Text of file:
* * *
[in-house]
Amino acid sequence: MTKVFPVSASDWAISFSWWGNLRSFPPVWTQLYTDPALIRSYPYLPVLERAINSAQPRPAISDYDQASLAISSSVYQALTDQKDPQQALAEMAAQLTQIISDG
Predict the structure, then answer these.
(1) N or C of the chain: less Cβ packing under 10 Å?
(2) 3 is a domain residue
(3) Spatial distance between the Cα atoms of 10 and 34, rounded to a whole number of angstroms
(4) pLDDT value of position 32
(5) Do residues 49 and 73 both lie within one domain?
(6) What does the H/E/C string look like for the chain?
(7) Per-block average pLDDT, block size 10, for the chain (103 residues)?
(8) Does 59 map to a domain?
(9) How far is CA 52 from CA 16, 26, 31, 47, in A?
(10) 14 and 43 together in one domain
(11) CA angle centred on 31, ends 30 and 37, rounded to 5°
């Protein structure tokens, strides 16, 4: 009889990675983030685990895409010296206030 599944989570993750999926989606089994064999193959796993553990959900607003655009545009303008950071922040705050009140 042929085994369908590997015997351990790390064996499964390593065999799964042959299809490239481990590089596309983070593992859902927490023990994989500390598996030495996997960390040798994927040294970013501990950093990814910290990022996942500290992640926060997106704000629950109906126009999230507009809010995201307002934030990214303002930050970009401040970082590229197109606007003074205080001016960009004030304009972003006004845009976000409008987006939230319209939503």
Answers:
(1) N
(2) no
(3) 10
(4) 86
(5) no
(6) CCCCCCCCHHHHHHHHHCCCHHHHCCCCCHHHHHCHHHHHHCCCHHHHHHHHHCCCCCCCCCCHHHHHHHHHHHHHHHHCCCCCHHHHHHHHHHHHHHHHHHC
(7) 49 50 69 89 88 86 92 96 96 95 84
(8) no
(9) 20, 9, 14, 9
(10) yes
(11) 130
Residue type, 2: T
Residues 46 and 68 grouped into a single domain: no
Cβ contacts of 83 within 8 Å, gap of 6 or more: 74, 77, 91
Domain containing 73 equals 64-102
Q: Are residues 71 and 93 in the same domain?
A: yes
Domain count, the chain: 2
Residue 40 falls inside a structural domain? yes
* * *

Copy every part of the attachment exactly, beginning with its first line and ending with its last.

[in-house]
Amino acid sequence: MTKVFPVSASDWAISFSWWGNLRSFPPVWTQLYTDPALIRSYPYLPVLERAINSAQPRPAISDYDQASLAISSSVYQALTDQKDPQQALAEMAAQLTQIISDG
Predict the structure, then answer these.
(1) N or C of the chain: less Cβ packing under 10 Å?
(2) 3 is a domain residue
(3) Spatial distance between the Cα atoms of 10 and 34, rounded to a whole number of angstroms
(4) pLDDT value of position 32
(5) Do residues 49 and 73 both lie within one domain?
(6) What does the H/E/C string look like for the chain?
(7) Per-block average pLDDT, block size 10, for the chain (103 residues)?
(8) Does 59 map to a domain?
(9) How far is CA 52 from CA 16, 26, 31, 47, in A?
(10) 14 and 43 together in one domain
(11) CA angle centred on 31, ends 30 and 37, rounded to 5°
């Protein structure tokens, strides 16, 4: 009889990675983030685990895409010296206030 599944989570993750999926989606089994064999193959796993553990959900607003655009545009303008950071922040705050009140 042929085994369908590997015997351990790390064996499964390593065999799964042959299809490239481990590089596309983070593992859902927490023990994989500390598996030495996997960390040798994927040294970013501990950093990814910290990022996942500290992640926060997106704000629950109906126009999230507009809010995201307002934030990214303002930050970009401040970082590229197109606007003074205080001016960009004030304009972003006004845009976000409008987006939230319209939503």
Answers:
(1) N
(2) no
(3) 10
(4) 86
(5) no
(6) CCCCCCCCHHHHHHHHHCCCHHHHCCCCCHHHHHCHHHHHHCCCHHHHHHHHHCCCCCCCCCCHHHHHHHHHHHHHHHHCCCCCHHHHHHHHHHHHHHHHHHC
(7) 49 50 69 89 88 86 92 96 96 95 84
(8) no
(9) 20, 9, 14, 9
(10) yes
(11) 130
Residue type, 2: T
Residues 46 and 68 grouped into a single domain: no
Cβ contacts of 83 within 8 Å, gap of 6 or more: 74, 77, 91
Domain containing 73 equals 64-102
Q: Are residues 71 and 93 in the same domain?
A: yes
Domain count, the chain: 2
Residue 40 falls inside a structural domain? yes